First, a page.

Date: Monday, 22 May 2017, 07:00 pm
Location: at the Berlin Representative Office, Robert Bosch Stiftung Französische Straße 32, 10117 Berlin
  • Charles Landry, Richard von Weizsäcker Fellow, Robert Bosch Academy
  • interviewed by Marc Pachter, former Director of the Smithsonian National Portrait Gallery and Museum of American History


The Creative City idea was invented in the late 1980s by Charles Landry and became a global movement for good and for bad. Its central aim originally was how in a world of dramatic change, cities could create the conditions for people and organizations to think, plan and act with imagination to solve problems and create opportunities. Initially it had a focus on arts and cultural activities as primary resources of urban reinvention and in time spread to consider social innovativeness and the creative bureaucracy.
The interview will discuss pressing questions: Is there still substance to the creative city notion and if so what has it achieved? Is the idea now over-hyped and empty? Is it merely now a marketing slogan for things and places that are not interesting? What has it achieved? Is Berlin a creative city? In which fields is Berlin uncreative?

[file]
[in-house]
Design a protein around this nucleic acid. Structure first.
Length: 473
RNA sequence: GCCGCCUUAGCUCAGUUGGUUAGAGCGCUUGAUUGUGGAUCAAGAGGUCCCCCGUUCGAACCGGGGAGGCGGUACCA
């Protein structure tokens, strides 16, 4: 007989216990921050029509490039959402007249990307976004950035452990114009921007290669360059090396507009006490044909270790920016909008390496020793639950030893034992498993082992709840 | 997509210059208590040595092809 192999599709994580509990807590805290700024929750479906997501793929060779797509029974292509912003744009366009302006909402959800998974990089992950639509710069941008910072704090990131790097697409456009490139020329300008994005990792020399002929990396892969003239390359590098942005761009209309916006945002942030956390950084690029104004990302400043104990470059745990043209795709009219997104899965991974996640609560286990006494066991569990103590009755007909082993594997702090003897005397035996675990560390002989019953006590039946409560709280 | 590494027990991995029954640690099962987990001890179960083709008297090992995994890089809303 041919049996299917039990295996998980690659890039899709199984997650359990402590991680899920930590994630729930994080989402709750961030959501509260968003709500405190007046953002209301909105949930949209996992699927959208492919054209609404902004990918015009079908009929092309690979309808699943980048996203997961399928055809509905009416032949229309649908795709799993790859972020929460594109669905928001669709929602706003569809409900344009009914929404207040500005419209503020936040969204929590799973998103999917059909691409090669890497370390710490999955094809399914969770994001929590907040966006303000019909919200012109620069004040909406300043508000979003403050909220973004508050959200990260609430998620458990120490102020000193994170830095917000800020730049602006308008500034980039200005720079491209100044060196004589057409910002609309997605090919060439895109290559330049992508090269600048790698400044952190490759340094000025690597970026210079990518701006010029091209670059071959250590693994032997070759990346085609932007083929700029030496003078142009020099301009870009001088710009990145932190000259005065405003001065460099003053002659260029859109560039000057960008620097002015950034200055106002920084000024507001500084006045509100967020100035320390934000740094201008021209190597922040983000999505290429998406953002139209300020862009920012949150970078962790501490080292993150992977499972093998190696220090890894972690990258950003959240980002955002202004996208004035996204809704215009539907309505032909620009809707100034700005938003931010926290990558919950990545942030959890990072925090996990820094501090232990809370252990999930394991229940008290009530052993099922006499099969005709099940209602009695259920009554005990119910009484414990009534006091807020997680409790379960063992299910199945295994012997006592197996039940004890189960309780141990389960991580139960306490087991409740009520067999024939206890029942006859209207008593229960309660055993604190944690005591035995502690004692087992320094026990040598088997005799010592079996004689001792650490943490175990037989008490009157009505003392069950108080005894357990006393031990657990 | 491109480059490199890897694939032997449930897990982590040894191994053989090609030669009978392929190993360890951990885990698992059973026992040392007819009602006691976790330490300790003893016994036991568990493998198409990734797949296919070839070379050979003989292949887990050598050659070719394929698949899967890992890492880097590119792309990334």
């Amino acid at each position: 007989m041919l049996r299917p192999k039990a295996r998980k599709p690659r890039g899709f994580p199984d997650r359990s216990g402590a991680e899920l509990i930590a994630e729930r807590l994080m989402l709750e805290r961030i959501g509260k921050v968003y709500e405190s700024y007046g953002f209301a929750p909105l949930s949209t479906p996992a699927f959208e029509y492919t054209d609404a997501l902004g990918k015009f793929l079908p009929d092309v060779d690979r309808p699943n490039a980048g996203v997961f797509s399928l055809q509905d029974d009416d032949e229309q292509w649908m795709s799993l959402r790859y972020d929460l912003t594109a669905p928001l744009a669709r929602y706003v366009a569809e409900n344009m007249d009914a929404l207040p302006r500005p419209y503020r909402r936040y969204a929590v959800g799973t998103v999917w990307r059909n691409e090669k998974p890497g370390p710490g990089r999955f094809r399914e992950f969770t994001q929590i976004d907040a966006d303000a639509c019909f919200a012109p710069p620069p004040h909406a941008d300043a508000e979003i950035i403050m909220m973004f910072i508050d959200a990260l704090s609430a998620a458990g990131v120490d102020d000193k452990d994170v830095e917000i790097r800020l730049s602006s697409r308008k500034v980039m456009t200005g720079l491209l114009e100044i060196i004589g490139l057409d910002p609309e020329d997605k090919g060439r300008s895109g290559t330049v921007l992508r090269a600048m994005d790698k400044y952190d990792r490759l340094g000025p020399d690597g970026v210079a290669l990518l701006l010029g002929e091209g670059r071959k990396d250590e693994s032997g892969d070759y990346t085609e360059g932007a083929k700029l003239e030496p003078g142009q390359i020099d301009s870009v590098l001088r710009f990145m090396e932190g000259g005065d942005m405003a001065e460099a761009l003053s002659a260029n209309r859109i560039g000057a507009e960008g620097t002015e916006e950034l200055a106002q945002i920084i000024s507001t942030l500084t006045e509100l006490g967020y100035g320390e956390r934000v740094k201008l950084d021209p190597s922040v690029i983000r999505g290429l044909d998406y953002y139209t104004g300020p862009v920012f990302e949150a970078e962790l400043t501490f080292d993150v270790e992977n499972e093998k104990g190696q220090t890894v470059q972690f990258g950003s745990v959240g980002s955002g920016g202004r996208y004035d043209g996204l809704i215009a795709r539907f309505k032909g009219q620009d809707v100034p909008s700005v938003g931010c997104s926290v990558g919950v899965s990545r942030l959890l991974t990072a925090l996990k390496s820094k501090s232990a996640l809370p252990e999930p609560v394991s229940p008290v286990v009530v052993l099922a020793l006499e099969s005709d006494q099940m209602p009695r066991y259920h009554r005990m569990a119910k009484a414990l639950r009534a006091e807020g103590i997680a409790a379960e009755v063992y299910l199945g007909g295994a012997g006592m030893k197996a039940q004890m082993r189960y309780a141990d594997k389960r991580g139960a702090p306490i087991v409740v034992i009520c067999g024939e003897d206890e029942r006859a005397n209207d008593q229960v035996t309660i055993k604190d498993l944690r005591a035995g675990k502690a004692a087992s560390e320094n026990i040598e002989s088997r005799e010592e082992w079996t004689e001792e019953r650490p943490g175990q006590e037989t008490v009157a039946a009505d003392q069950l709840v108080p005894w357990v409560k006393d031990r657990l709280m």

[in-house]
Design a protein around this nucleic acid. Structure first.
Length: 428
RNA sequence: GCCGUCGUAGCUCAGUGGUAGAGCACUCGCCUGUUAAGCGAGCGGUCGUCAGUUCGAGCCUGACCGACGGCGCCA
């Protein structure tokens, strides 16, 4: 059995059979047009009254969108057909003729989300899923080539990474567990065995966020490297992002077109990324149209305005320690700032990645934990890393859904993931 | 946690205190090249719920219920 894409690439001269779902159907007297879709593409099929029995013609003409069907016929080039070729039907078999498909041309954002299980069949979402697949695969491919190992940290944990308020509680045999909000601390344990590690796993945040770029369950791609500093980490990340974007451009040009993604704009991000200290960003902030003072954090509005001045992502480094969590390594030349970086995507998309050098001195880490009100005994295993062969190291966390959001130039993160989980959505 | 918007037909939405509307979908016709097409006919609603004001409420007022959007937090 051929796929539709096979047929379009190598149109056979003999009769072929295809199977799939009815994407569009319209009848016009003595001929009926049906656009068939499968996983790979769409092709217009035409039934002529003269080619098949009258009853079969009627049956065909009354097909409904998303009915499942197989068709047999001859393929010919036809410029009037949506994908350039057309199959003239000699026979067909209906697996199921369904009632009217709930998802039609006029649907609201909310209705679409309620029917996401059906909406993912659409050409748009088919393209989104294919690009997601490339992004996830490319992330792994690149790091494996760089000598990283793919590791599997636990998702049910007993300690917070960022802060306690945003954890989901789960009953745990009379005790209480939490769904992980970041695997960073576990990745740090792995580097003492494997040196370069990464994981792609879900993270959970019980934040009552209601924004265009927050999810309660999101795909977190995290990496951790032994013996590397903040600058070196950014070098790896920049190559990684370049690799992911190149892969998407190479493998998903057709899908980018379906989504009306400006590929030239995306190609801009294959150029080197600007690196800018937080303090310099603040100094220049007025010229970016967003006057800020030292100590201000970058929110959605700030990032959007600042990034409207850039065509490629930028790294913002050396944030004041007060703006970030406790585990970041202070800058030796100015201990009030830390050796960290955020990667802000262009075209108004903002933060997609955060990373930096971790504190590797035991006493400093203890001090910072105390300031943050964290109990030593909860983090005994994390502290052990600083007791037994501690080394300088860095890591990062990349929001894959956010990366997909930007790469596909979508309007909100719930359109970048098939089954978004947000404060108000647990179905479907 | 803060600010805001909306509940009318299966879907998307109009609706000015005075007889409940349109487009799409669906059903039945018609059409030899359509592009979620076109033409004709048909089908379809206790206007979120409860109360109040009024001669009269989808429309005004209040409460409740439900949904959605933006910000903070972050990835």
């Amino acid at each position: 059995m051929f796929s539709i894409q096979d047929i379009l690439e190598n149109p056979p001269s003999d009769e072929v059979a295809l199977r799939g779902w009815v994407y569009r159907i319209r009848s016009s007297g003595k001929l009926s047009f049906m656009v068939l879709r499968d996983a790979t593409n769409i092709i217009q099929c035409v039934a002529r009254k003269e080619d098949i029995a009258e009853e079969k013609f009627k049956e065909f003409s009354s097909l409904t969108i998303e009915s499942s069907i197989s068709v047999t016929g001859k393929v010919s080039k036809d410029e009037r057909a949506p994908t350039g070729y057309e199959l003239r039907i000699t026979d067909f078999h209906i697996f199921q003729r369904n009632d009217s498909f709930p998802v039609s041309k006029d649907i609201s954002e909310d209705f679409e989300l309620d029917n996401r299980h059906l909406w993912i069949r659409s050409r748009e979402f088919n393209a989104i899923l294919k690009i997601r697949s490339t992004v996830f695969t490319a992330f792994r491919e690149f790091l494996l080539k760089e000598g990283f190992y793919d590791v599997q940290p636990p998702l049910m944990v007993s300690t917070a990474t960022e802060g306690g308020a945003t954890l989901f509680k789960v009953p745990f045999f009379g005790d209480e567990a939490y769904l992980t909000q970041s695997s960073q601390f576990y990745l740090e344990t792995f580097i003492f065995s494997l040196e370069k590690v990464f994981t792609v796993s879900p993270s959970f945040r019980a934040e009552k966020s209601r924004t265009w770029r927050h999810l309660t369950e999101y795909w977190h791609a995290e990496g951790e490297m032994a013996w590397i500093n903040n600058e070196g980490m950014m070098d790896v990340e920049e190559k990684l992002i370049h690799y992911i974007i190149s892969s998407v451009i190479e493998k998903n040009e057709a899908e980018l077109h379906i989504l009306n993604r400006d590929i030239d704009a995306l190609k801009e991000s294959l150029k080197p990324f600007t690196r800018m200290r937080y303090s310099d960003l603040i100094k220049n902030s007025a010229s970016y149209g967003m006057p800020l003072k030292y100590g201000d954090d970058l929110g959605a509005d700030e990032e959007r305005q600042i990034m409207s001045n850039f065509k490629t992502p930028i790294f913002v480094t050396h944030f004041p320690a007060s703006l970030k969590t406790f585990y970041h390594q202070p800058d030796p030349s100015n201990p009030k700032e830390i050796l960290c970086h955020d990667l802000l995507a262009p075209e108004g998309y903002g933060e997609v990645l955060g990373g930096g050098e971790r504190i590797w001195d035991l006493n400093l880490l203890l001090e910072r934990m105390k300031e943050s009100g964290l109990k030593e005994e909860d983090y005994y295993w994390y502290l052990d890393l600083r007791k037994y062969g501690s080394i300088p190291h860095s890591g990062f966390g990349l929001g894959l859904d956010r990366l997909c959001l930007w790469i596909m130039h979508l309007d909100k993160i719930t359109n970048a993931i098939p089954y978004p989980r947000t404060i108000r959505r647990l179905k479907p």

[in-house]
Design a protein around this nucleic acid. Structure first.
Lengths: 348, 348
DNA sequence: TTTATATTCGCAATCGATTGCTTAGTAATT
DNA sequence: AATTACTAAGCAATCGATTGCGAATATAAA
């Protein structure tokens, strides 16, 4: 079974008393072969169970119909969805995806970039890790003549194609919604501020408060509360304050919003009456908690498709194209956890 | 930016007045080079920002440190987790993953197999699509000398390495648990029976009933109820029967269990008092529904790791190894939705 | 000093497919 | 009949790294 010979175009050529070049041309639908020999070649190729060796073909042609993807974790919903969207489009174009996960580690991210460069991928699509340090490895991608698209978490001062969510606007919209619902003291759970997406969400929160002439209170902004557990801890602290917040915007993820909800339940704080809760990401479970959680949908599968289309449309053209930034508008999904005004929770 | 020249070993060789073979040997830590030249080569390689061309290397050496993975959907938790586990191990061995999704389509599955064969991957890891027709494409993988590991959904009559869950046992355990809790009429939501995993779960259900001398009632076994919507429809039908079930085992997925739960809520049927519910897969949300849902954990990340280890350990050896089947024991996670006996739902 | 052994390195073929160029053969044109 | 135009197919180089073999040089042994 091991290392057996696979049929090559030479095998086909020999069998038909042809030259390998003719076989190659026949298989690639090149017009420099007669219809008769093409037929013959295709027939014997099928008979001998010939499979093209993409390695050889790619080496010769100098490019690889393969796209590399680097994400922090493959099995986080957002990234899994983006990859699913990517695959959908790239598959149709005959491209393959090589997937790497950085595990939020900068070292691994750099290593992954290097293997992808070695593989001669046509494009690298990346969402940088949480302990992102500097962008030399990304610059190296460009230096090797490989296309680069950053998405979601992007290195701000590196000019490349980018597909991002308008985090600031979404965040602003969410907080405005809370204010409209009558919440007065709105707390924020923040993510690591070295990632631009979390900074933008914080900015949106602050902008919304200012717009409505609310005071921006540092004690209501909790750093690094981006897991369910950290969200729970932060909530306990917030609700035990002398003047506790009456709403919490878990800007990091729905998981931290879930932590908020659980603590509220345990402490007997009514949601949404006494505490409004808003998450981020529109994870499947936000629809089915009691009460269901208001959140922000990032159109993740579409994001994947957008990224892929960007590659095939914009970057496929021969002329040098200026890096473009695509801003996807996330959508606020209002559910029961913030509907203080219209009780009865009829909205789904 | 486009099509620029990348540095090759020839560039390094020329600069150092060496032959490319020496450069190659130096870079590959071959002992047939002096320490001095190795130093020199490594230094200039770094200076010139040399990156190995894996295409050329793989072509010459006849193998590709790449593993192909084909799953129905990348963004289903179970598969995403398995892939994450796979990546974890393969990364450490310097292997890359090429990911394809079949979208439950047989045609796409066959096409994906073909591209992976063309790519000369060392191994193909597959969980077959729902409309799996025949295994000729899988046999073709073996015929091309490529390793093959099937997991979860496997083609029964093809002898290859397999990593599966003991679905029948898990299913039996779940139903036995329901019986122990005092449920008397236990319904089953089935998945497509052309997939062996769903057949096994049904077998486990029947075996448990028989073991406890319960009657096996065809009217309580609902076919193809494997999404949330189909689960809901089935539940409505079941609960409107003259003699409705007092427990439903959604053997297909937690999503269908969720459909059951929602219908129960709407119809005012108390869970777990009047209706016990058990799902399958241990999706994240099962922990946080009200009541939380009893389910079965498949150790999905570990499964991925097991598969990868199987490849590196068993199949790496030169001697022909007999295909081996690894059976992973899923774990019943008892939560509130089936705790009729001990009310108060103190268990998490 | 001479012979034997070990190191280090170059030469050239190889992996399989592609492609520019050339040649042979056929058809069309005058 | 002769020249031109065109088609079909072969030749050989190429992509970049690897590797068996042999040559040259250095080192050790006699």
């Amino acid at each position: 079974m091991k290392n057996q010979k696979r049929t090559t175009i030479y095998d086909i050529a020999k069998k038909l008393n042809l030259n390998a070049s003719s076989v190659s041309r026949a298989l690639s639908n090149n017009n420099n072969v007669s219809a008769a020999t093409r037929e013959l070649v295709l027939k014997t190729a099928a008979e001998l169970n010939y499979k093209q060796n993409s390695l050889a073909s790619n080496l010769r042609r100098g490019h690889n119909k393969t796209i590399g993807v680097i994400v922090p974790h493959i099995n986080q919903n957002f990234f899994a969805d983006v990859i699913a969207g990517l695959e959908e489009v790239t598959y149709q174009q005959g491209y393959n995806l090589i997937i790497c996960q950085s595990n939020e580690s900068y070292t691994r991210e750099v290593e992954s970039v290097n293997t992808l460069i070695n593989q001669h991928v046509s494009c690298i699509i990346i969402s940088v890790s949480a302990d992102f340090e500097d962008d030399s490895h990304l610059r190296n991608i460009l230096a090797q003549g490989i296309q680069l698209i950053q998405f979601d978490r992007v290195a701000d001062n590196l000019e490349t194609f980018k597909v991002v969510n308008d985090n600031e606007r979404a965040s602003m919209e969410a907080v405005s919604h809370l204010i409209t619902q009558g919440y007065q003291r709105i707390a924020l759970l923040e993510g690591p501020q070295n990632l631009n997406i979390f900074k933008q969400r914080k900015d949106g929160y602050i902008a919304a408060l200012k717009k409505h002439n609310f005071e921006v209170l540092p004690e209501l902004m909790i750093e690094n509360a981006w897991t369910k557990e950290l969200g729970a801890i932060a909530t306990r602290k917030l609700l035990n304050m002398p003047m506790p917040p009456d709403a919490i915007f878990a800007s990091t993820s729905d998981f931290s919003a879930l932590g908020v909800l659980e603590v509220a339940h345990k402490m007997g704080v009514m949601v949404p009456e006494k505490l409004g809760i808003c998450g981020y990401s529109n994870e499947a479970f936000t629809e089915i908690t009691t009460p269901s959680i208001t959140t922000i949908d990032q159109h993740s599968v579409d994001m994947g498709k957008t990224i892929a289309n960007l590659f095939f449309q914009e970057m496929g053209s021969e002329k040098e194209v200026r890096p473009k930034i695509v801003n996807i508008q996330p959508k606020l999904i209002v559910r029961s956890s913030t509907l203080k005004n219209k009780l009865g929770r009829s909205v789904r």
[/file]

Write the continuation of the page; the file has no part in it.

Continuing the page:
Charles Landry is a world-renowned expert in city dynamics and planning and inventor of the Creative City concept, which he developed in the late 1980s. In 1978 Charles Landry founded Comedia, a highly respected globally oriented consultancy working in creativity, culture and urban change. His latest project is ‘The Civic City: Urbanity & citizenship in a nomadic world’ which brings together his work over the last decade including the concept of ‘civic urbanity’, ‘creative bureaucracy’ and ‘the management of fragility’.

Marc Pachter is a renowned interviewer and his TED Talk "The Art of the Interview" has had 700,000 views. He is former director of the Smithsonian National Portrait Gallery and Museum of American History.

Please note that the event will be held in English.

Registration for this event is closed.